SUGGY is very quite about all of this.

Saturday, September 12, 2009

Red Show'n His Peeps

Hi telescope friends, ever since my first posting (SUG has yet to find out) inquires have been pouring in by the thousands for a full profile shot of me and that of my homies! Here it is showing my best side. My peeps are OK -both somewhat geeky but they love me with all my little eccentric details! And I really like it when Cindy takes me out for a view - she always smells real pretty(not like SUG), has a gentle touch(not like SUG), no garlic breath(not like SUG), and she whispers sweet nothings in focuser(SUG will attempts this once in while but it is not the same)! Here we are last fall before SUG takes me on a walk across Auriga star fields!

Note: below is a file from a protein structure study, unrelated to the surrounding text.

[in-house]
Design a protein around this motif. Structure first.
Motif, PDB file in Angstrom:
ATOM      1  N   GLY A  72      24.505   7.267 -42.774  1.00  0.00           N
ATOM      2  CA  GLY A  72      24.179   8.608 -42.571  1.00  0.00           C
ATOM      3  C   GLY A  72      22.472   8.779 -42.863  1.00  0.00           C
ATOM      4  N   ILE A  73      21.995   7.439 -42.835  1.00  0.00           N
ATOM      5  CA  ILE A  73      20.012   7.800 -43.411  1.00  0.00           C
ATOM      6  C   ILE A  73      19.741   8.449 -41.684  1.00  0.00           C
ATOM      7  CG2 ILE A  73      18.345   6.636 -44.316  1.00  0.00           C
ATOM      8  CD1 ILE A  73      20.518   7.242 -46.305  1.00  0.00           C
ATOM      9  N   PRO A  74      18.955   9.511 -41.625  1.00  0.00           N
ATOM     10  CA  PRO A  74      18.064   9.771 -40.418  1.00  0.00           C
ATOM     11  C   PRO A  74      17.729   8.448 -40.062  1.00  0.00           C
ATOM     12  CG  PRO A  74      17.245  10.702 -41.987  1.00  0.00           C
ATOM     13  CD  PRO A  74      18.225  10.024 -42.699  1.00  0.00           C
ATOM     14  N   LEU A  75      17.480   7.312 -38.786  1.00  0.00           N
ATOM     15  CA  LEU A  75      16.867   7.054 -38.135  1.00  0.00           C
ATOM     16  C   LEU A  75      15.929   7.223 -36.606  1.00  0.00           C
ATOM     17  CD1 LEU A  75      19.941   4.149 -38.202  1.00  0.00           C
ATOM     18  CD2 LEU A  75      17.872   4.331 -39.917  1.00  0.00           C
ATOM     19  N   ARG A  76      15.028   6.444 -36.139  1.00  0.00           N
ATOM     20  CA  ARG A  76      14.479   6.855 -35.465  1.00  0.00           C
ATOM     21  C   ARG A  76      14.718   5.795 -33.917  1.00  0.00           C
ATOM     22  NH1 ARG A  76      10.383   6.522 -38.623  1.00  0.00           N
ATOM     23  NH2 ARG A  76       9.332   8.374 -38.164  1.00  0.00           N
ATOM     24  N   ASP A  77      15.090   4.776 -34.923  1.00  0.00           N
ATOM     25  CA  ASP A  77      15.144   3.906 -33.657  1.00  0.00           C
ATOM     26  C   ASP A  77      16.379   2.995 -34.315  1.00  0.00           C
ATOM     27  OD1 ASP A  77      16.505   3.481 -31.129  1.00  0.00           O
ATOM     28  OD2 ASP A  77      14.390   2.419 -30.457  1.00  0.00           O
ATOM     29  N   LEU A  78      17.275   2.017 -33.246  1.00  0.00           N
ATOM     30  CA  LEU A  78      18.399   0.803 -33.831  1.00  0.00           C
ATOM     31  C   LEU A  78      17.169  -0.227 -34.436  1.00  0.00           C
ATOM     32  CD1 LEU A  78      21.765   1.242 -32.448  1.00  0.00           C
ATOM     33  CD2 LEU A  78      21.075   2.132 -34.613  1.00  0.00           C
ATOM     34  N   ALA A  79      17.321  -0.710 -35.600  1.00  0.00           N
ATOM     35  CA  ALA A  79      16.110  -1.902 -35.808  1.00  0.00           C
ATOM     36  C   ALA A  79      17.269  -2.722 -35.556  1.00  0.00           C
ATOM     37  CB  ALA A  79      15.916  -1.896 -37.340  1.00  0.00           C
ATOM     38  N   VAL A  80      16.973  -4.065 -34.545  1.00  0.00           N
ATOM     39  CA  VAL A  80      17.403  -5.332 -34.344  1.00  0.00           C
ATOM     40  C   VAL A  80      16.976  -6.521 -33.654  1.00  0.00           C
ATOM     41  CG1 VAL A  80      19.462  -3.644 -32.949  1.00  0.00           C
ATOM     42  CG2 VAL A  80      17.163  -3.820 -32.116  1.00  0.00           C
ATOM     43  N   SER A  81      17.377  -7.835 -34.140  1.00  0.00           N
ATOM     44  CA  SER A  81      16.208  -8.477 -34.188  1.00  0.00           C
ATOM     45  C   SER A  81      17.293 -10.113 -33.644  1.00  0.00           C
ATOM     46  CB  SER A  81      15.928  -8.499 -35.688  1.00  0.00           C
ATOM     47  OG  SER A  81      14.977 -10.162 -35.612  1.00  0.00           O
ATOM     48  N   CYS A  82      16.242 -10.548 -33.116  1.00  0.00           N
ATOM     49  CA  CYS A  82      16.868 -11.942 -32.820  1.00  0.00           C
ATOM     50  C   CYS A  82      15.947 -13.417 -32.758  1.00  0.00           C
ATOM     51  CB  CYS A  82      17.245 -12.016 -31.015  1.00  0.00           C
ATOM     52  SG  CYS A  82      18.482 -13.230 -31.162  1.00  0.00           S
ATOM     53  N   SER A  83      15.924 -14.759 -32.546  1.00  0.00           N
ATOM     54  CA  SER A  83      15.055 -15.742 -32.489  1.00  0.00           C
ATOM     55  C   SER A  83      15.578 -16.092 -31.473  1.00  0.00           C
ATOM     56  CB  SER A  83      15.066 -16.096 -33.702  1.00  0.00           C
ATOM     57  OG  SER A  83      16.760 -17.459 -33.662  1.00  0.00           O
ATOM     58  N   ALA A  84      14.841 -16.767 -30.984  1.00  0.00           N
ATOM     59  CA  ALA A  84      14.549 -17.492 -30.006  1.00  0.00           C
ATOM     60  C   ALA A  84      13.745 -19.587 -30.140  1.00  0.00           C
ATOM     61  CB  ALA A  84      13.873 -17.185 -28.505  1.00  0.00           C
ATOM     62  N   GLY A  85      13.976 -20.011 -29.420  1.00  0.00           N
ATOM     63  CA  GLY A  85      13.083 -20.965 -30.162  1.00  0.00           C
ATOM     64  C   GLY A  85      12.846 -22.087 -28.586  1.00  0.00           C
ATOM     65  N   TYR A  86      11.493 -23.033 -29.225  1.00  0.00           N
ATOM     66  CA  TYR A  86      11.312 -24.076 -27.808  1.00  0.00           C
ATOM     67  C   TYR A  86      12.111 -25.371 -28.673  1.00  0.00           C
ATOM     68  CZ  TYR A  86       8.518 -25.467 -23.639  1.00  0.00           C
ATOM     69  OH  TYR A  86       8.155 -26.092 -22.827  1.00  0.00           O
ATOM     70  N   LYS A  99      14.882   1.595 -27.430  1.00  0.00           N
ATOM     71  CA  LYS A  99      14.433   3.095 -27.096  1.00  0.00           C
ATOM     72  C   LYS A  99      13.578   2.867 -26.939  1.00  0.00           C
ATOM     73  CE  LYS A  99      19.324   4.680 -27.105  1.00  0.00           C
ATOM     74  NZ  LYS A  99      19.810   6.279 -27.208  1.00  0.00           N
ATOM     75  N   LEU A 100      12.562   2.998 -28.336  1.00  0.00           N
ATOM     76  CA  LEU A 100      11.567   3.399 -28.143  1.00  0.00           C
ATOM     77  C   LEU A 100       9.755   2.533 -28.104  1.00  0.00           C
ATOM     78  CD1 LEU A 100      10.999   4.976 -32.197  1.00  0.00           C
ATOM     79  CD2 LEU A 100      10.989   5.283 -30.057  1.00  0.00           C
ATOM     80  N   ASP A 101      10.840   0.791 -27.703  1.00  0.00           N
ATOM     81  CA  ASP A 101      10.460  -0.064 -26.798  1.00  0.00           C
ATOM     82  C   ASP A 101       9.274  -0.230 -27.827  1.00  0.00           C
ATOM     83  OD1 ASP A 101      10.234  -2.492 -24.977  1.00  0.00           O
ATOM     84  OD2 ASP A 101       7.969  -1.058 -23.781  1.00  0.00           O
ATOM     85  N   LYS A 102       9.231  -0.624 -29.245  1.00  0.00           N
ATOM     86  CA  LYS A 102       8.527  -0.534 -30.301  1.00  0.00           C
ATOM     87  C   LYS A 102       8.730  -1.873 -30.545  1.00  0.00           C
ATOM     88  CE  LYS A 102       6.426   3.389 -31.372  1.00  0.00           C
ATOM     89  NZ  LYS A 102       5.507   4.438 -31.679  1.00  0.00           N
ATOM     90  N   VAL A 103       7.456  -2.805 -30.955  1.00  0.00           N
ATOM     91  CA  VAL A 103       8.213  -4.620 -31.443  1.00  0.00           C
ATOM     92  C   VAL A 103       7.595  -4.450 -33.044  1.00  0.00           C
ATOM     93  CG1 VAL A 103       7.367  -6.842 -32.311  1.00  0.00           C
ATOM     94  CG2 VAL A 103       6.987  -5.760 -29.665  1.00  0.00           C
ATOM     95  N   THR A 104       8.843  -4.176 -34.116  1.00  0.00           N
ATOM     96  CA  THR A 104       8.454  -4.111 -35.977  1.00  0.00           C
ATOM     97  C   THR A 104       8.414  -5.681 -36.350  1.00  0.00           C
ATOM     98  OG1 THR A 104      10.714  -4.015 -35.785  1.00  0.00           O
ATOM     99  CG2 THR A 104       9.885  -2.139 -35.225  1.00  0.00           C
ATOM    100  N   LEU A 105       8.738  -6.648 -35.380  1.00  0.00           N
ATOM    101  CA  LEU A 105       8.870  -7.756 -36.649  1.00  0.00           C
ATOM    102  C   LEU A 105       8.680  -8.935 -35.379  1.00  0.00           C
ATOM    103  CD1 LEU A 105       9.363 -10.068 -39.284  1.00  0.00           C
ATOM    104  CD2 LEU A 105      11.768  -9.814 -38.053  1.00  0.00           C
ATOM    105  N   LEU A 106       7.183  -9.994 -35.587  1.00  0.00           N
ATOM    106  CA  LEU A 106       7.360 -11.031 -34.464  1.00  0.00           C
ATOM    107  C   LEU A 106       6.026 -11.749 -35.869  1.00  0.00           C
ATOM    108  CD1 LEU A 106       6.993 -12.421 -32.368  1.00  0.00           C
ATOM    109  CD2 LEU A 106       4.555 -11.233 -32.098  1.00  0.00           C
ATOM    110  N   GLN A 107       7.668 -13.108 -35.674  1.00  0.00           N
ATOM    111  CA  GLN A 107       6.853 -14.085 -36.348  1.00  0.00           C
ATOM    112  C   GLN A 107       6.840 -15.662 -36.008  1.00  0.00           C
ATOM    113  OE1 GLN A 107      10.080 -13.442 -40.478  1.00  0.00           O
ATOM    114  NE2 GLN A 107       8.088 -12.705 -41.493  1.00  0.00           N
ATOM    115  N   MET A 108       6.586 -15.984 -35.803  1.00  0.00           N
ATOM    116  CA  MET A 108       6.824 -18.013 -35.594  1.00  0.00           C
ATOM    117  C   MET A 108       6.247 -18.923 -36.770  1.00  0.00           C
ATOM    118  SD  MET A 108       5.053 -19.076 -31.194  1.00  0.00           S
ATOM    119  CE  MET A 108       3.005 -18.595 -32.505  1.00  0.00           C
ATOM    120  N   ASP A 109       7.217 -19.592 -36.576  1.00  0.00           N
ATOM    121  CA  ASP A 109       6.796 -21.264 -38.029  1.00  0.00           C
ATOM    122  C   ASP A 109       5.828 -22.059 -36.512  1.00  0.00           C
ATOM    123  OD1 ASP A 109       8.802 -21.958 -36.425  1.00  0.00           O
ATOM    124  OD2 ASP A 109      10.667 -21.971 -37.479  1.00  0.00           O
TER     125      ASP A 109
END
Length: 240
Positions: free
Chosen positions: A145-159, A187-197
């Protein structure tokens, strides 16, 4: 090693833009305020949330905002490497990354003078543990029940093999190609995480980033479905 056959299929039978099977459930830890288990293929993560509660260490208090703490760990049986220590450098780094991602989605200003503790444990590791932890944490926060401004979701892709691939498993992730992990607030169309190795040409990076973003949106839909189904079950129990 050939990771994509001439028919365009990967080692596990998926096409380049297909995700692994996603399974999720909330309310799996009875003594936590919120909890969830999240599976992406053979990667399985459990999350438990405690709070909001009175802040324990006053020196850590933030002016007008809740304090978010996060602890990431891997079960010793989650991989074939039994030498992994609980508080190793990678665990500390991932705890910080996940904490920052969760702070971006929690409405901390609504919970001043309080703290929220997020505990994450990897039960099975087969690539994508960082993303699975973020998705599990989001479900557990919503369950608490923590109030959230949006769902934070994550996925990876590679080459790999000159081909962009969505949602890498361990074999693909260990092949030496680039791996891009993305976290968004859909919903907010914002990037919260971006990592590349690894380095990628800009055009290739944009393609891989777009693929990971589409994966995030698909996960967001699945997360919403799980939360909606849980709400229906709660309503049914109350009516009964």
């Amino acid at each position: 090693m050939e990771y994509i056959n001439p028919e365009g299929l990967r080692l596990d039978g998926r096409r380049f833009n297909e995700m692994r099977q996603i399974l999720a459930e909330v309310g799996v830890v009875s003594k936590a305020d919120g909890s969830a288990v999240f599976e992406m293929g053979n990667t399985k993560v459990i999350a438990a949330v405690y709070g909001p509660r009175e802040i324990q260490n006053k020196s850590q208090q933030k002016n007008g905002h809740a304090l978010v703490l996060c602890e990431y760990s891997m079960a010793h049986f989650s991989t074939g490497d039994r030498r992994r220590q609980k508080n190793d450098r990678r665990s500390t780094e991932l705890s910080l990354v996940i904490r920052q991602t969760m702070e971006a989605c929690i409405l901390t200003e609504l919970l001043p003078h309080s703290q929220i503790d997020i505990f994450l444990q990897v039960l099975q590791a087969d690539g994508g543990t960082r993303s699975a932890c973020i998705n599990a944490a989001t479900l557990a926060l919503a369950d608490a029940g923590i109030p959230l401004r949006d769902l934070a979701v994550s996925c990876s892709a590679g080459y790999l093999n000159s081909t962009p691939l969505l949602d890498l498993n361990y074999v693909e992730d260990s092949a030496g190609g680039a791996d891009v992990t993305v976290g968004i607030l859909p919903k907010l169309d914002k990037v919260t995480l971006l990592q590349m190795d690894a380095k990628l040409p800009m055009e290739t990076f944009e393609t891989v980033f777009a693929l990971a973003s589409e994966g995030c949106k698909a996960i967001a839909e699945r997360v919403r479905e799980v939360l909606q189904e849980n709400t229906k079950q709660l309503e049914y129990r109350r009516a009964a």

By the way somebody tell SUG to retire that hat AND I want Cindy around more - without you know who!

9/14/09 Due so many email requests I have another pic of Cindy and me - I was not able to photoshop the SUG dude out of the pic so just ignore him if you can. Many have said that the old Red Coulter and Cindy can make beautiful observing together - I could not agree more! Don't tell SUG about this please.

Friday, September 11, 2009

The Red Photon Collector